Saturday Night Fever (1977) / Drama-Musical
MPAA Rated: R for strong language, strong sexuality, nudity, drug use, and violence
Running Time: 118 min. (a 113 min. PG version was released also, toning down the sex and language)
Cast: John Travolta, Karen Lynn Gorney, Donna Pescow, Joseph Cali, Paul Pape, Barry Miller, Martin Shakar, Bruce Ornstein, Julie Bavasso, Sam J. Coppola, Fran Drescher (cameo)
Director: John Badham
Screenplay: Norman Wexler (based on the article, "Tribal Rights of the New Saturday Night" by Nik Cohn)
Review published October 8, 2005
It's the movie that made John Travolta (Grease, Two of a Kind) a superstar, and a quintessential film of the 1970s. Unfairly maligned by some, possibly because of its association with one of the most reviled forms of popular music ever created, Disco, this is actually a solid character study, full of gutsy characters, interesting developments, and some of the most electric scenes of dancing around. It also sports one of the most successful soundtracks ever made, with some very memorable tunes by the Bee Gees in particular. It exploded onto the scene and became an international sensation, only to burn out just as quickly as the music within it, and somewhere along the line, people forgot that there is actually a very good movie here.
Travolta plays Tony Manero, a 19-year-old Brooklyn resident living with his parents and barely eking out enough money to support his one true passion -- dancing at the local club until the wee hours of the morning. Although he isn't anything special by day, his parents thinking him a failure, working as a lowly assistant in a paint store, but by evening, he's the king of the dance floor. He's the envy of all of the men, and the dream conquest of the ladies, but all he wants to do is be respected for his dancing, and maybe, get out of the lower class existence that is holding him back. He finally spots a slice of the good life when an older, more sophisticated woman catches his eye in the form of another great dancer, Stephanie (Gorney). She sees Tony as a step back for her socially, but he is persistent, and soon, the two become partners -- but only on the dance floor. Feelings often get in the way, and the two have to come to grips with what is most important in life, where they want to go, and who they want to be.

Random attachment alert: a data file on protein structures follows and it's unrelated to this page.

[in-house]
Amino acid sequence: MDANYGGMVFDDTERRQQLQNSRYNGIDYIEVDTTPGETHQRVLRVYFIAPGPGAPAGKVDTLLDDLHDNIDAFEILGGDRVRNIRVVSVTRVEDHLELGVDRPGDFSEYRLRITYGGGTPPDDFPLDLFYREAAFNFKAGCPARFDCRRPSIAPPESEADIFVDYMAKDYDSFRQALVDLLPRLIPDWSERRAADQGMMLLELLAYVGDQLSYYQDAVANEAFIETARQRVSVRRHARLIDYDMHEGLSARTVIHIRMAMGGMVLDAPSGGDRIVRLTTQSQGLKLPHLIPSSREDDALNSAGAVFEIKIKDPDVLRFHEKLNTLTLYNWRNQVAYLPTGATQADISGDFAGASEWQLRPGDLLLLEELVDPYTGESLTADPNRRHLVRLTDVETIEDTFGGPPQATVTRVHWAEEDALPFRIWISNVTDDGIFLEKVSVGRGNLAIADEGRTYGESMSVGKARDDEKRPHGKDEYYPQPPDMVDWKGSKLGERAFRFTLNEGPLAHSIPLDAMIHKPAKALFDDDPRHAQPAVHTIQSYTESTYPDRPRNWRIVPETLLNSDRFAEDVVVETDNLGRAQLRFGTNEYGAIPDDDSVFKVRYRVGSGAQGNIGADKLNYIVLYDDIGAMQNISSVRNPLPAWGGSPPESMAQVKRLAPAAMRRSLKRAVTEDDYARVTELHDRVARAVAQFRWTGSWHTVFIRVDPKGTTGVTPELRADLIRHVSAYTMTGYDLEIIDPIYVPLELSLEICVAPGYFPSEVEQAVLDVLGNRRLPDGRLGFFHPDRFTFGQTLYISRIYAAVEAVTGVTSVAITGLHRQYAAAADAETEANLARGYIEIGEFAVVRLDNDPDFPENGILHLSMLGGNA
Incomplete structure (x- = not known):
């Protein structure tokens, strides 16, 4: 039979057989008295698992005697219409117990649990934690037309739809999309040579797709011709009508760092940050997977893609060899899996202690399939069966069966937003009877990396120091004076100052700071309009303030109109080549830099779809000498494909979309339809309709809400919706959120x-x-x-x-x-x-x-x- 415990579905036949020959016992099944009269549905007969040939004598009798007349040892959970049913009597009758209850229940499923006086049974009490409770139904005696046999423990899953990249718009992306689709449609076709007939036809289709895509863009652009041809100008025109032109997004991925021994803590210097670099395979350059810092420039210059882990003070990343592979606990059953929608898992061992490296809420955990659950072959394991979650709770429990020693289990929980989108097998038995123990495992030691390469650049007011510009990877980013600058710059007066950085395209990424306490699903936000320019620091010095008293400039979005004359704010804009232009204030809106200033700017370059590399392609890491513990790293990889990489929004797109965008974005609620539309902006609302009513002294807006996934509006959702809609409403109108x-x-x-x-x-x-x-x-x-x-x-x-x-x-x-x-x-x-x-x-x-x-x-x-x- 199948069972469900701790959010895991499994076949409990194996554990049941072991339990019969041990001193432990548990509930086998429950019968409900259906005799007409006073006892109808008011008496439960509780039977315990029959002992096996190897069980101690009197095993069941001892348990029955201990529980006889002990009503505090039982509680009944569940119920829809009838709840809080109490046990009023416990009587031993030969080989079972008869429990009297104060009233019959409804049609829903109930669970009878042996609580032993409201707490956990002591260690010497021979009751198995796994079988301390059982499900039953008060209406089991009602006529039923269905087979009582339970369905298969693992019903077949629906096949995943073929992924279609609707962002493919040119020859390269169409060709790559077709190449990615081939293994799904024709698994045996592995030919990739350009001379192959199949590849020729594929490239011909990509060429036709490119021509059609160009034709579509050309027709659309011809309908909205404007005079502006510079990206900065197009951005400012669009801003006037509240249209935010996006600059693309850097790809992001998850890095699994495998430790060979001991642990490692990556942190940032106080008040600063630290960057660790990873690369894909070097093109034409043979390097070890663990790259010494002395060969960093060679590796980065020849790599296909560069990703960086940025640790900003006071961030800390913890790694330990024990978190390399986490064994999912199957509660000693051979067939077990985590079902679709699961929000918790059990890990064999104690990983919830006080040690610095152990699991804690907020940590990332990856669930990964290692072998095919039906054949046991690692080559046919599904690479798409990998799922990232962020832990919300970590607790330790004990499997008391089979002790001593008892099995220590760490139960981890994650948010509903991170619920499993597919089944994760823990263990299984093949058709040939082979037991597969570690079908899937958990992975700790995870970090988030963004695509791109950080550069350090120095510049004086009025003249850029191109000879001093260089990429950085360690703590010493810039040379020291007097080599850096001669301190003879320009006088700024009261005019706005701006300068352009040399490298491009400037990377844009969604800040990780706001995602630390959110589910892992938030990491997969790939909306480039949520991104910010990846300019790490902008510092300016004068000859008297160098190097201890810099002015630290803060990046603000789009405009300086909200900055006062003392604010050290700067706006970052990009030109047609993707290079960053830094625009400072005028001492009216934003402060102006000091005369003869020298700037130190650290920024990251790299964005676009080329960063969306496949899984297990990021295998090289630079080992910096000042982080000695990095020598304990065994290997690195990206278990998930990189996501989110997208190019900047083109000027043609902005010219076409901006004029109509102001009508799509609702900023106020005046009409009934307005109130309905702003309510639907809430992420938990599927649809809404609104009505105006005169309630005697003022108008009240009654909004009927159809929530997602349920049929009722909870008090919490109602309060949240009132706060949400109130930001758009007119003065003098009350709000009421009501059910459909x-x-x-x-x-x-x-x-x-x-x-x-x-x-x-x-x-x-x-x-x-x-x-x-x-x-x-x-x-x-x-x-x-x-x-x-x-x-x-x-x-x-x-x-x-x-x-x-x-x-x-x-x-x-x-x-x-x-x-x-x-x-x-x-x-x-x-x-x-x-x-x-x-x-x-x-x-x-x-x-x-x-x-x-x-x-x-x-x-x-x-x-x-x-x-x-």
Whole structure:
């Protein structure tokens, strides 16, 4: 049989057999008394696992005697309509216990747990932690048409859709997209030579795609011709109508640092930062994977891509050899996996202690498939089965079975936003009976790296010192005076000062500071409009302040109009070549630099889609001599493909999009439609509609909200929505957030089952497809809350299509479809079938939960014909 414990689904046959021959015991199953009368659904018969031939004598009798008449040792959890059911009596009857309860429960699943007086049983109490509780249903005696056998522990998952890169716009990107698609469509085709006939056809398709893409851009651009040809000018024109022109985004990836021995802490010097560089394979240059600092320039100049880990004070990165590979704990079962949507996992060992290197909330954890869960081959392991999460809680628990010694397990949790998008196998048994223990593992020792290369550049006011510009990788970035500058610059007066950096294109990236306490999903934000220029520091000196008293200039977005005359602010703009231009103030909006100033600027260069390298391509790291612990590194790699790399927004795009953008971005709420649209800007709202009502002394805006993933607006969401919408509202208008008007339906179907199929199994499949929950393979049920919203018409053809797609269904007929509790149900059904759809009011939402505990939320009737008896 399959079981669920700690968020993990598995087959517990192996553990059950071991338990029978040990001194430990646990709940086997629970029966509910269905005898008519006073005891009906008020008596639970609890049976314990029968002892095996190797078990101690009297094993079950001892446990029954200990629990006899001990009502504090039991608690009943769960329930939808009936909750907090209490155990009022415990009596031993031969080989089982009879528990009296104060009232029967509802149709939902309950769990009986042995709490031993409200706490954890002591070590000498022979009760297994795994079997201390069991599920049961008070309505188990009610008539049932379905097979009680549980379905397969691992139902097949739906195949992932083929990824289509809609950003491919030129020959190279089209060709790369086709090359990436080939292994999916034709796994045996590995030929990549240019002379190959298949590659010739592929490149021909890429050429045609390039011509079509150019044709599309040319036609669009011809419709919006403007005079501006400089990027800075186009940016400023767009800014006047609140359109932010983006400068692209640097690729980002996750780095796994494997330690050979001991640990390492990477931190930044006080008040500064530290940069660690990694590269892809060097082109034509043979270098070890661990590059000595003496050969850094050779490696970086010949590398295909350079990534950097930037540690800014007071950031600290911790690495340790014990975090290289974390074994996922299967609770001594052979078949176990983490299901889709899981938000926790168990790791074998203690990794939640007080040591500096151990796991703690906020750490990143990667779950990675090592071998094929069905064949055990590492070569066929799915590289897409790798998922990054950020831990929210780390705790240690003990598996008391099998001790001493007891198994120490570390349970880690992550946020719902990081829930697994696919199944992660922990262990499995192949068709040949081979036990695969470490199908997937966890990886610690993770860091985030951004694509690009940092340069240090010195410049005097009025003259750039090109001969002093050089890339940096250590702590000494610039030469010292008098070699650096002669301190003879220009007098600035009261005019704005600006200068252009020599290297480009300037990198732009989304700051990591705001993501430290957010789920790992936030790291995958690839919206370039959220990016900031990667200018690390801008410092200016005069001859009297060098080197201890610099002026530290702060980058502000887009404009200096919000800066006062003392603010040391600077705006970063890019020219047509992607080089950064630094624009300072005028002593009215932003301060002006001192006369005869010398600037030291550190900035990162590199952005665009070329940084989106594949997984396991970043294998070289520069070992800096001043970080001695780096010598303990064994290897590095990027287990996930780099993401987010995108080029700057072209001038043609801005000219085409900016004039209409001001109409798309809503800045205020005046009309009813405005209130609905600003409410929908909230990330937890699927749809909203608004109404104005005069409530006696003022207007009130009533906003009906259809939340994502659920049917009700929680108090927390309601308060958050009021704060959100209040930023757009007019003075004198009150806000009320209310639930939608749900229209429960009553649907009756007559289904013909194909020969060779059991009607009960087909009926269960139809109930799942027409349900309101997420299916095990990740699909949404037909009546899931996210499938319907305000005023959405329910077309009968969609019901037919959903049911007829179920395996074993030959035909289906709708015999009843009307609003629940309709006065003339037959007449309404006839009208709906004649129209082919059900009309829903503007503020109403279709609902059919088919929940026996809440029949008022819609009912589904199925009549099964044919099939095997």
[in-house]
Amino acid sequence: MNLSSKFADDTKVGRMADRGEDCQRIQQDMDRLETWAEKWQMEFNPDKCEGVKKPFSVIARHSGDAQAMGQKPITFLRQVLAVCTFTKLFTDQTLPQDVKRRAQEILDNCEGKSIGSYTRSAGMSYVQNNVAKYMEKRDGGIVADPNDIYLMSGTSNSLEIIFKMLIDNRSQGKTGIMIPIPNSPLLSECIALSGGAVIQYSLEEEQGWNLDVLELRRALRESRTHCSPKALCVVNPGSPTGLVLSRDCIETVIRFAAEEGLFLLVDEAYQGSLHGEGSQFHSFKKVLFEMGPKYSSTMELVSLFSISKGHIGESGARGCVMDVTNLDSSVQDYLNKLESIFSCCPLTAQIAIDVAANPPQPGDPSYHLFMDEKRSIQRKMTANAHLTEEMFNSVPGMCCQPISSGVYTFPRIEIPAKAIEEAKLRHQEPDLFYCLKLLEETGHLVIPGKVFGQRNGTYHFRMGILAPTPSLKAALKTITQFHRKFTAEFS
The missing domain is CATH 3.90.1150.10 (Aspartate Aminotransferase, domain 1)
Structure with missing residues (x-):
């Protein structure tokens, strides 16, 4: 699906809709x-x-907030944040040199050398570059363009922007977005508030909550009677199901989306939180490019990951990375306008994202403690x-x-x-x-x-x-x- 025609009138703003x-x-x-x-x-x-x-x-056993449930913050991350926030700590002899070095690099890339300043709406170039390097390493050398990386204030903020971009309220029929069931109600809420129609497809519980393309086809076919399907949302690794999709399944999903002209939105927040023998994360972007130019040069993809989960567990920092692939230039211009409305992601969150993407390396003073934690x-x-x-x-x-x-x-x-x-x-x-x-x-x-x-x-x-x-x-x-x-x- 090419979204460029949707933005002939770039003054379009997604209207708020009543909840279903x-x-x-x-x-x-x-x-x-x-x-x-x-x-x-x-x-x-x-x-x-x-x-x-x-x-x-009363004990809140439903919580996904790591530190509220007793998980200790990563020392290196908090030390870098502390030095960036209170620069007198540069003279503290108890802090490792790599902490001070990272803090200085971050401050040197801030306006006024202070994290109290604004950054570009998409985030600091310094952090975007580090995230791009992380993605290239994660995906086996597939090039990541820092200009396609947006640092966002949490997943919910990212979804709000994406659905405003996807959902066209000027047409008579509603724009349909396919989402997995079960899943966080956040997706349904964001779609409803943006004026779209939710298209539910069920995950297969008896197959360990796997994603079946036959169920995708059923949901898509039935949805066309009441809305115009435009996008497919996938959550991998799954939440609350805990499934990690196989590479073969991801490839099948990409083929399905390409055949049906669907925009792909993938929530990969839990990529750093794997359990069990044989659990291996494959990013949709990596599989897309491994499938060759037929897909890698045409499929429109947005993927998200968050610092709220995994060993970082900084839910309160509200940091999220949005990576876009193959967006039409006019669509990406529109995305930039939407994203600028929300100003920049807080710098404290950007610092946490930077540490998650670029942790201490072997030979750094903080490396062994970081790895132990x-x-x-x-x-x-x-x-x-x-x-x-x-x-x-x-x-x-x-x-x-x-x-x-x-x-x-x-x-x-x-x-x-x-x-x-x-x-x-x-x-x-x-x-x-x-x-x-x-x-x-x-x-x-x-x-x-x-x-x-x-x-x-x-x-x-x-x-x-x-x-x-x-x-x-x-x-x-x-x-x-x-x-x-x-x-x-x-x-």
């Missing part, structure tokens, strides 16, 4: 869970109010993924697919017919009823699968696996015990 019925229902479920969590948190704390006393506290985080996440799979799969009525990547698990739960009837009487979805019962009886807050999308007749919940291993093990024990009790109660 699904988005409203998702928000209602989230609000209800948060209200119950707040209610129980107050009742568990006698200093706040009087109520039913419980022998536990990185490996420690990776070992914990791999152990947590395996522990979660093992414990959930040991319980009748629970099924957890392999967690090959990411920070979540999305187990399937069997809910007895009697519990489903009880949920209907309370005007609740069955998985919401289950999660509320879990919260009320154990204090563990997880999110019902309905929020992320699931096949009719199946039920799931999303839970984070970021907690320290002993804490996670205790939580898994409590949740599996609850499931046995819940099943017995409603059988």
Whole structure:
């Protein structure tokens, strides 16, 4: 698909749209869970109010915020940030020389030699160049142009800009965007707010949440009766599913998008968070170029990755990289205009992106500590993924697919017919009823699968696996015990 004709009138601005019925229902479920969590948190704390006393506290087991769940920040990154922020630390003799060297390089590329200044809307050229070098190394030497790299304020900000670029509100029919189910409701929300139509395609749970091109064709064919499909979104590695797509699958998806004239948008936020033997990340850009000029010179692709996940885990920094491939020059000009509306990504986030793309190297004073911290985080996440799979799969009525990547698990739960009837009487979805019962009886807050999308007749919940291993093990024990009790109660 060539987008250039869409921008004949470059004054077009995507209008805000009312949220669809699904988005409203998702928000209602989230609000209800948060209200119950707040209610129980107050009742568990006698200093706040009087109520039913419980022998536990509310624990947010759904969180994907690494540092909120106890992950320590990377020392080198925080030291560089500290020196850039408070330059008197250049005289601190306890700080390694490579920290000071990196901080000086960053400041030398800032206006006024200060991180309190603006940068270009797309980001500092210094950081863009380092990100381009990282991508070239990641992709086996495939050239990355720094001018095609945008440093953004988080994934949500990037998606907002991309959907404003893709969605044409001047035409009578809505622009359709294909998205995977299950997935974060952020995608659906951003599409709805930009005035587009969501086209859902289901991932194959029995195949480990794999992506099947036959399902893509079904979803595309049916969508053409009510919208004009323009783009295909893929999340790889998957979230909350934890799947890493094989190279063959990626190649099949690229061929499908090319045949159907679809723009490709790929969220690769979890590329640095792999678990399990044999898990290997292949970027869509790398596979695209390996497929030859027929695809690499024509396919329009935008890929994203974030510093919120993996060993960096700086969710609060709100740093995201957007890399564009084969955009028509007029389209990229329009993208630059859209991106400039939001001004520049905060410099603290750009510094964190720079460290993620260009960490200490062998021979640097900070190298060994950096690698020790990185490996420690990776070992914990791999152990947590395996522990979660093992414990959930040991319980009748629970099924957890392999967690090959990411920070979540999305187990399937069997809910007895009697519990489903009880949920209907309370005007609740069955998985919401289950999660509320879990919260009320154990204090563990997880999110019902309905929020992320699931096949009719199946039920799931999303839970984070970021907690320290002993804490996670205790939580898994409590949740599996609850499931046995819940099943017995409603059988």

At the time of its release, disco was actually seen to be on the decline. Primarily an underground scene, it catapulted into a major mainstream phenomenon due to this film, and soon, nearly every guy was out there on the dance floor in a white polyester suit just like Travolta, putting on the same moves and hoping that they are good enough to clear the floor so that everyone can watch them strut their stuff.
The reasons why the film's quality is dwarfed by its success are many. One happens to be the monumental success of the soundtrack, perhaps even more popular than the movie. Hits like "Night Fever", "More Than a Woman", "You Should Be Dancing", "Stayin' Alive", "Disco Inferno", "If I Can't Have You", "How Deep is Your Love", and others became breakout hits, ruling the pop charts and making the soundtrack one of the best-selling records of all-time, even to this day.
The film's biggest asset is Travolta himself. Tony Manero could have very easily been an unlikable character, unworthy of adulation or attention, but Travolta makes him very appealing. Travolta literally spent months nailing down the moves and attitude of the young Italian dance floor god, and he is so good, you really do believe he could be the cream of the crop in the city of New York. Travolta would get nominated for Best Actor for his dynamite performance.
Unfortunately, as is the case with most phenomena that become massive pop culture fads, the burn out factor was extreme here. Disco died as quickly as it came, the Bee Gees hold on the pop charts was no more, and people became tired of seeing Travolta's face anymore, leading him to struggle as an actor for over a decade in obscurity.
Sadly, when many people think about Saturday Night Fever, they only think about some of the patented moves, the songs, and the glitz of the discotheque. It's so hard to remember that this is a story of a boy becoming a man, wanting desperately to make something of himself and not knowing how, and how the art of dancing, even in a setting as banal as the local club, can provide the escapism and self-expression one needs to cope with all of the problems of the day. As fun as the 1970s nostalgia may be, there are universal themes here that resonate wonderfully, if only one is able to see and hear them under the strobes, mirrors and thumping rhythms of the disco anthems.
©2005 Vince Leo